Just as the western powers scramble and contest for the energy resources of Libya, yet another tussle appears to be developing in the South China Sea. In this huge area covering nearly 3.5 million square kilometres, countries such as China, Vietnam, Philippines, Malaysia and Brunei are in serious contention. At stake are huge under water oil reserves estimated at 28 billion barrels and nearly 20 t/cm of natural gas reserves, with the latter reportedly having the potential to rival the gas reserves of Qatar. In addition the South China Sea is the main artery for significant maritime shipping. The main East Asian economic power houses China, Japan and South Korea are heavily dependent on the safety and security of the South China Sea- lanes. The main island groups in the South China Sea are the Spratly and Parcel islands, together with thousands of shoals and reefs are mostly uninhabited. There are no indigenous people living in these islands.
Prior to the Second World War France claimed ownership of the islands as the occupier of Indo-China, but during the Second World War these rights were taken over by Japan. After Japan’s defeat in the war, the Republic of China [now in Taiwan] claimed ownership and thereafter the newly formed People’s Republic as also the Republic of Vietnam based on Saigon. In 1958 the People’s Republic of China issued a notification declaring both the island groups, as also most of the area of the South China Sea, as constituting the territorial waters of China and also declaring a 12- mile territorial water limit. Soon thereafter on 14th September 1958 the then North Vietnamese [DRVN] Premier Pham Van Dong wrote a letter to the Chinese Premier Zhou Enlai stating that the government of the Democratic Republic of Vietnam ’respects this decision’ of the Chinese government. Premier Pham Van Dong’s letter was published in the Vietnamese newspaper Nhan Dan on 22nd September 1958!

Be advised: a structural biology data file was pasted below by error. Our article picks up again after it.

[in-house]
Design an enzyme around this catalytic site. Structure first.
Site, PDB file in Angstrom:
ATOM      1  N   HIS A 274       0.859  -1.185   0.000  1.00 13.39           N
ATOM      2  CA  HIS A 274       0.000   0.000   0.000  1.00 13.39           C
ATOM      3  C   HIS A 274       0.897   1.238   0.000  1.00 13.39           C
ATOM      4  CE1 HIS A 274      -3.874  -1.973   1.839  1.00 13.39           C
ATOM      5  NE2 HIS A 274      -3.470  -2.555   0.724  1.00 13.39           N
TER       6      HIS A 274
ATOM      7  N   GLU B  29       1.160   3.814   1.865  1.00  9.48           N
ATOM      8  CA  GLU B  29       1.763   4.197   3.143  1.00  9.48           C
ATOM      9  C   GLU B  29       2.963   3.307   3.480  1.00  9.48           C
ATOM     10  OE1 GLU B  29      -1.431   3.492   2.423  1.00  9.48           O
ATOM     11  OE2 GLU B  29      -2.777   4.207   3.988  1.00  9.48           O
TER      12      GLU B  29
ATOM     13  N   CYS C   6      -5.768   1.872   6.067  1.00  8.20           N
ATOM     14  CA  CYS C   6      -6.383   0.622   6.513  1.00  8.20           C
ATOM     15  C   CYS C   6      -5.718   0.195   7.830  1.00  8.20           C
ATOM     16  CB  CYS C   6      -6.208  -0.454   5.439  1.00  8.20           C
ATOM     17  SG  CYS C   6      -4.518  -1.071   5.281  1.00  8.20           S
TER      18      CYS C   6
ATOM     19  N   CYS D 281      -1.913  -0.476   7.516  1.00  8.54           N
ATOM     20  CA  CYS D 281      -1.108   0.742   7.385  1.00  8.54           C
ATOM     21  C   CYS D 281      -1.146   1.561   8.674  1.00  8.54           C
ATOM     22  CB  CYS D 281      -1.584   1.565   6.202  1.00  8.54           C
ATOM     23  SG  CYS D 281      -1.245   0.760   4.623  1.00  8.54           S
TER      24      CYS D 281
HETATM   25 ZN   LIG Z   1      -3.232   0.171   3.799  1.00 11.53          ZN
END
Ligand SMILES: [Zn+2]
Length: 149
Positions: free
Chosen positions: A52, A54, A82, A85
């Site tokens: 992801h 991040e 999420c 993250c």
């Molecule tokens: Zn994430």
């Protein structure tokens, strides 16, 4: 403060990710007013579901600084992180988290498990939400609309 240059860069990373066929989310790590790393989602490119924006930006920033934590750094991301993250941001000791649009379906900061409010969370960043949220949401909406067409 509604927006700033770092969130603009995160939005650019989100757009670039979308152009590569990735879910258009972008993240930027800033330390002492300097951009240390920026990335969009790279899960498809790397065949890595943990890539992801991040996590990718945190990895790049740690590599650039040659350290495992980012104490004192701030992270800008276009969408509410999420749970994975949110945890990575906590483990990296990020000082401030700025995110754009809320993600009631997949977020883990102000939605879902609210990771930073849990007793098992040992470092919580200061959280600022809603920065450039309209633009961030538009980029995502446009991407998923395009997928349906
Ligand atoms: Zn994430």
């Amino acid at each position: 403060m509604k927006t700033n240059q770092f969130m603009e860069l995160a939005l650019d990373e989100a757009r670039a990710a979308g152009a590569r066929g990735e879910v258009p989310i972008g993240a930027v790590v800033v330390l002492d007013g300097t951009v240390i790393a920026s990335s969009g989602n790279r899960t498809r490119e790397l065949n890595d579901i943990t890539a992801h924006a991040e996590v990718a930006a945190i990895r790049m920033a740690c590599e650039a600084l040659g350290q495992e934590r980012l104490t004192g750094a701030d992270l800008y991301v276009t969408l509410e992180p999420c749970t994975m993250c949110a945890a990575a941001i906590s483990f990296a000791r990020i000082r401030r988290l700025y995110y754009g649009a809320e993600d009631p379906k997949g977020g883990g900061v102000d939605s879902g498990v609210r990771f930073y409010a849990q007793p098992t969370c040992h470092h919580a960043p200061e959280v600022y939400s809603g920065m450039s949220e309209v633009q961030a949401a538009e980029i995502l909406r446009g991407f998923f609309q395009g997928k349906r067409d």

The Philippines too contests China’s claims and even refuses to recognise this area as the South China Sea, instead referring to it as the ’West Philippines Sea’. Similarly the present unified Vietnamese government too contests China’s claims, adding that in 1958 the then South Vietnamese government had not given up its claims and that this area was actually under the latter’s jurisdiction. Malaysia and Brunei both base their claims on their own interpretation of the UN Convention on the Law of the Sea (UNCLOS). The Philippines’ rest their case on both UNCLOS and on geographical proximity. Presently various islands in the chain are under the military control of the disputants’ armed forces, with China occupying the Paracel islands and the Philippines and Vietnam maintaining permanent structures on certain other islets.
Be that as it may, both China and other ASEAN governments had in 2002 agreed to a declaration outlining the ’conduct of parties in the South China Sea’. The aim was to better manage the tensions arising out of the dispute. China would ideally like to negotiate with each of the contending parties on a bilateral basis, whereas the others are keen to do so on a collective basis. Nevertheless even after such a lapse of time little forward movement seems to have taken place. On the other hand, China has adopted an aggressive posture, often cutting cables of survey ships and harassing foreign ships engaged in oil drilling.